All five of this week's chapters are available on Patreon right now.Preface from Mooderino
There was a very definite increase in interest in the game at school.
When the game was first announced, there had been some talk, some predictions (both positive and negative), but the chatter was mostly among a small group of boys who were into that stuff. The same boys who watched trailers for movies that wouldn’t be out for a year and scoured the internet for the latest news of advancements in nanochip technology. Nerds.
Interest quickly faded after the game was released because of the lack of any new information. People who were playing didn’t say much about it and it was hard to appreciate what the game was like from videos, of which there were only a few.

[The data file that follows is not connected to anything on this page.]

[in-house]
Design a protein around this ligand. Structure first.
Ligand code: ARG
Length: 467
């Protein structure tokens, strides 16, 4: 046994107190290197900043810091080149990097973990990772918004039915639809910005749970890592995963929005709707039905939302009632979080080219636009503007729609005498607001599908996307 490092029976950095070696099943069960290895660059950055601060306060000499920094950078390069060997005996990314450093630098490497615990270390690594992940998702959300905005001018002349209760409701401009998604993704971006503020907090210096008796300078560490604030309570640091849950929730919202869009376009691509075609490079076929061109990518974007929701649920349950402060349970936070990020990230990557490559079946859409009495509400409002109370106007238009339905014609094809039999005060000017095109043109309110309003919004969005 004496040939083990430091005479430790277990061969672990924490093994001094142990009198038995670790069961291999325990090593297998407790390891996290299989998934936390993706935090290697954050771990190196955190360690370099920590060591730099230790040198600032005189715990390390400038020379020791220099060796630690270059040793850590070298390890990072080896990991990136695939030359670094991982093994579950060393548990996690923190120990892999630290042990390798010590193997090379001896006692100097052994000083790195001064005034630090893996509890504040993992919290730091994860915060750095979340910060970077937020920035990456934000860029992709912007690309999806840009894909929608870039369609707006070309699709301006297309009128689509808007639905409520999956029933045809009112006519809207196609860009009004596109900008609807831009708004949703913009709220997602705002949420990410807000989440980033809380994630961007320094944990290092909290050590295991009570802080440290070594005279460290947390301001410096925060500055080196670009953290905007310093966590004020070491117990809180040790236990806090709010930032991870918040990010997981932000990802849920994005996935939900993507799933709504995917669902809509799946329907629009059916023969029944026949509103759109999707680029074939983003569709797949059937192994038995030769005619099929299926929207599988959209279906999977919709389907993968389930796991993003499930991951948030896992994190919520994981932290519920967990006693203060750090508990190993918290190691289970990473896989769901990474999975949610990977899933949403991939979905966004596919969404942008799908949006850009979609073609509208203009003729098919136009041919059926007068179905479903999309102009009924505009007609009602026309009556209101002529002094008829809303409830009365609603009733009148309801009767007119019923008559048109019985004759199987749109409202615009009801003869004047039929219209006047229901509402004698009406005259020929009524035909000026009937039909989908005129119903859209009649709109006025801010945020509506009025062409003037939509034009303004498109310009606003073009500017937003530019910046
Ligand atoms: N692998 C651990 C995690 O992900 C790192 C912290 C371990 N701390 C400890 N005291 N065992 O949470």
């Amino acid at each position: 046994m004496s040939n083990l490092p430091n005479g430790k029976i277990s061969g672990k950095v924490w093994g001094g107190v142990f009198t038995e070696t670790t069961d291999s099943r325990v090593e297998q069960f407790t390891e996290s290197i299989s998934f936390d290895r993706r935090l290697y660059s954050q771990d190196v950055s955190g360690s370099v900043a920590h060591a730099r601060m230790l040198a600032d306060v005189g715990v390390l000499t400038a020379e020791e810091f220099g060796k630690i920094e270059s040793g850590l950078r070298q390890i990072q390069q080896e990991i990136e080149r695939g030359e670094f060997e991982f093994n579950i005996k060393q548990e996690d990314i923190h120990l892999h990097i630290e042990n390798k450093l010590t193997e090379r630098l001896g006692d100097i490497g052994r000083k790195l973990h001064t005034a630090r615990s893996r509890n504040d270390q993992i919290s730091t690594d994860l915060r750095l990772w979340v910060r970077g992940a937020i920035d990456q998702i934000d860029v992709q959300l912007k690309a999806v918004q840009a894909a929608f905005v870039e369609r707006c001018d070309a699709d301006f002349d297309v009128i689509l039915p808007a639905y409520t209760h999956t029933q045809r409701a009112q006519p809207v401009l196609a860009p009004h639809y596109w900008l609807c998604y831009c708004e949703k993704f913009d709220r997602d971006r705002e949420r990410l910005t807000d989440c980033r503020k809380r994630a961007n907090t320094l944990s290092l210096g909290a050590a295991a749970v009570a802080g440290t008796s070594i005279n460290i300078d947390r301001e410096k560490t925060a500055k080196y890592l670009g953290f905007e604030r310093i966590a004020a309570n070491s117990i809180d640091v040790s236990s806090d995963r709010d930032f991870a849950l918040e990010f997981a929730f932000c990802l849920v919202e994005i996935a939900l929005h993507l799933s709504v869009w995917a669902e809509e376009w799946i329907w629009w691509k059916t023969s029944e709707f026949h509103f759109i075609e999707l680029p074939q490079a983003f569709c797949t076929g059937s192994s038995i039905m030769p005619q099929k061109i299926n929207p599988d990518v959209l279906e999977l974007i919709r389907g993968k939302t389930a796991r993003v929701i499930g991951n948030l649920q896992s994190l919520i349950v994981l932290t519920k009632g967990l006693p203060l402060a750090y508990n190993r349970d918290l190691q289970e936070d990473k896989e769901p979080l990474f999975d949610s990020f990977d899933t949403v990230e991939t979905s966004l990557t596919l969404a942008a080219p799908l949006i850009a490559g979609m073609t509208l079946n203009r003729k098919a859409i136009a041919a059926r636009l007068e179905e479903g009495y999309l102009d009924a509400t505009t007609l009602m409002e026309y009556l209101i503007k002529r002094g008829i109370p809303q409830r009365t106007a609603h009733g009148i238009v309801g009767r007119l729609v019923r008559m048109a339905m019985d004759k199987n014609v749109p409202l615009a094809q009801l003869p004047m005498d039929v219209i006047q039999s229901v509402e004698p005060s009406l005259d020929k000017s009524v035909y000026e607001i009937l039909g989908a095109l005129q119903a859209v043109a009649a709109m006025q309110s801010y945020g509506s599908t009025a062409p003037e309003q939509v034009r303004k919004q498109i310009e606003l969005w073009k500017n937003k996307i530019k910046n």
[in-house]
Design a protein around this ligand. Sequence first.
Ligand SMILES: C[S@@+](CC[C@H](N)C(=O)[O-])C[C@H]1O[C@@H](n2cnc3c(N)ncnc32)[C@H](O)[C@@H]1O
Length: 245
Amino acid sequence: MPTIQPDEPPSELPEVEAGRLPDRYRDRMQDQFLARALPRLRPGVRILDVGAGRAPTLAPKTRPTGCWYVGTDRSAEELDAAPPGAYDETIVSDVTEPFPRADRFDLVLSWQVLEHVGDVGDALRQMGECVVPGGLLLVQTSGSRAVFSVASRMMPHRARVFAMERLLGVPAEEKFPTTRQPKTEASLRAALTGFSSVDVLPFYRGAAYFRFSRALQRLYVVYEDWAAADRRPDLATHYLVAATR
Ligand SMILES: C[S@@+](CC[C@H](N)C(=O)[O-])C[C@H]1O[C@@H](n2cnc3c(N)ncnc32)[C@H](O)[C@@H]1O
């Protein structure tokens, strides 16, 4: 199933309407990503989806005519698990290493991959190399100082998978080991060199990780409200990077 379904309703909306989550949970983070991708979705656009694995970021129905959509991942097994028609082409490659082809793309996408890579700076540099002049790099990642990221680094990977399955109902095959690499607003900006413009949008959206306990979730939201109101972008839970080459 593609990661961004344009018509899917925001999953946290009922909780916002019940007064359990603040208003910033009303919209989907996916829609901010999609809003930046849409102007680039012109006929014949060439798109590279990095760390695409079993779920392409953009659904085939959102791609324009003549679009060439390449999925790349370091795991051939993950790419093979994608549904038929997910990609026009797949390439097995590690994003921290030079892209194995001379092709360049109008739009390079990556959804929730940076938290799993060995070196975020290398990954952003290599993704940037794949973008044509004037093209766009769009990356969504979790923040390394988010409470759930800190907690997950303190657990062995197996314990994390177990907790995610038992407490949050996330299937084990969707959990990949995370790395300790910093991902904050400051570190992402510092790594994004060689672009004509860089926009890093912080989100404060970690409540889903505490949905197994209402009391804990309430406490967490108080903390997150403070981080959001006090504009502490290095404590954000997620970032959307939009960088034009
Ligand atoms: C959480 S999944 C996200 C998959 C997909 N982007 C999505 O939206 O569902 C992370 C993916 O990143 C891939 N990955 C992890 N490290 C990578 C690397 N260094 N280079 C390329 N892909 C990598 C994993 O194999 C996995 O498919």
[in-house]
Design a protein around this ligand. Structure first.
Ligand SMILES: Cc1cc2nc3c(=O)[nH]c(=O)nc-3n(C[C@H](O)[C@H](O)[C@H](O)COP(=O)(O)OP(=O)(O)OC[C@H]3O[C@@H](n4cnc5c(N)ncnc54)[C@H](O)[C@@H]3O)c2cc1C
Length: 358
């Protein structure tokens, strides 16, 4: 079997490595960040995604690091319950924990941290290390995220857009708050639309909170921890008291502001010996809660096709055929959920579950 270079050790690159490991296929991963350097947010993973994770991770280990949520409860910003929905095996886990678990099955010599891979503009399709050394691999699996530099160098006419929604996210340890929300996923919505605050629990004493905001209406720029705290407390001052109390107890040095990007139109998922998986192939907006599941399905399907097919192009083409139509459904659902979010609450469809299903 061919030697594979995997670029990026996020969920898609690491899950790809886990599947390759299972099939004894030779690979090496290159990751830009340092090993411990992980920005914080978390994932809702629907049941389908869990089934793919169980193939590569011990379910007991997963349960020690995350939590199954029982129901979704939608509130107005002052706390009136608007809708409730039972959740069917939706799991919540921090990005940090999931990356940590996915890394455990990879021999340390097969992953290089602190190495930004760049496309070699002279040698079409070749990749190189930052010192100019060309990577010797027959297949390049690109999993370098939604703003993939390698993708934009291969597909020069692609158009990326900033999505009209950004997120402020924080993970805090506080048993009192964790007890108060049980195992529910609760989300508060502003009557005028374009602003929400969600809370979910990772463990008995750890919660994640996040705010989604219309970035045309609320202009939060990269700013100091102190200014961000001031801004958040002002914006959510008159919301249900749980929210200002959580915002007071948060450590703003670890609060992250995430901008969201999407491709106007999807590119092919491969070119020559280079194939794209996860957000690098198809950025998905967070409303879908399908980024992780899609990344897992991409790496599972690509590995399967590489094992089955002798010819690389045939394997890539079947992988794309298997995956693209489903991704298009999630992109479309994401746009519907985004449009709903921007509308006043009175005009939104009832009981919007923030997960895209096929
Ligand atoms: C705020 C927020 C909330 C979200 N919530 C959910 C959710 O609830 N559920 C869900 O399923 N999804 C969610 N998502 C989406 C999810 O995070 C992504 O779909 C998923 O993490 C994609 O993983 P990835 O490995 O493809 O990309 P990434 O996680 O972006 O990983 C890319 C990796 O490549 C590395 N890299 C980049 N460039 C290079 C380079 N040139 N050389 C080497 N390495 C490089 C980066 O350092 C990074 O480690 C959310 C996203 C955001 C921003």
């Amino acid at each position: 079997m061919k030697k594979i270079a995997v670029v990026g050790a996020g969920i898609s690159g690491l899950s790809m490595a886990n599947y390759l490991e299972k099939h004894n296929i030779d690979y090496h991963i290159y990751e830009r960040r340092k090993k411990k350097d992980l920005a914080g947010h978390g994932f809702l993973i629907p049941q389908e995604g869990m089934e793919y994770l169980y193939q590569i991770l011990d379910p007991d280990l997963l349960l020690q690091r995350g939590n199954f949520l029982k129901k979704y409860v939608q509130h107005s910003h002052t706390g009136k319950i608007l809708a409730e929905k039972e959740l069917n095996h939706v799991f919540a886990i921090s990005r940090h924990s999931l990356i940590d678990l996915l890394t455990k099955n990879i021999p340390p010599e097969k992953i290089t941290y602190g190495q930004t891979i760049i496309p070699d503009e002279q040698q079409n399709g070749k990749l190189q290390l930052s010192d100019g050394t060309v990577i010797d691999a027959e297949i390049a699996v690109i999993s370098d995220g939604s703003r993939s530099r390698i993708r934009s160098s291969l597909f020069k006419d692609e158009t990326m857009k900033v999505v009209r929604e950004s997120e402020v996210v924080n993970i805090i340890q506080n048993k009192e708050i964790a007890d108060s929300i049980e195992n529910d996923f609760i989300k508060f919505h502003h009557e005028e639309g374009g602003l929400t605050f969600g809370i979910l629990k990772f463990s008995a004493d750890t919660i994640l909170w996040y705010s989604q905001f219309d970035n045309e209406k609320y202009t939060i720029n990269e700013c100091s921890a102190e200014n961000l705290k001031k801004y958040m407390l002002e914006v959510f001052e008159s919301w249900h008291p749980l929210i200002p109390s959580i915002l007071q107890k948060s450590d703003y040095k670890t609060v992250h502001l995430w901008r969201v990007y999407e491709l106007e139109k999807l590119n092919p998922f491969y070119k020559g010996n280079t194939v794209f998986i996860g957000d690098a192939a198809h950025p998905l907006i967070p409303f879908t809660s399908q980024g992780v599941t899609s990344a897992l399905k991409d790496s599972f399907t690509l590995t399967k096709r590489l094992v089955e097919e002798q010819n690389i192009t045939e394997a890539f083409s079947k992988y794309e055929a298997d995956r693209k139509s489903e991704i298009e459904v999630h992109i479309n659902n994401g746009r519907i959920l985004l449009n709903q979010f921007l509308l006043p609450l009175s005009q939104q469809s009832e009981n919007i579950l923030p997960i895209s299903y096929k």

There was still a large rumour mill in operation on the net, but it was just gossip, and there was always some other new thing to talk about.
Britta was sure the way New World had been slowly dripped into the public consciousness was completely deliberate. She had no idea why it had been done like that or what they hoped to achieve by doing it in such a cautious manner — the game was bound to be massively successful whatever approach they took — but there were clear signs that everything so far had been carefully orchestrated.
Which was good in that it showed a firm hand behind the steering wheel. And at the same time, it was a little worrying how tightly controlled they planned to make the gaming experience.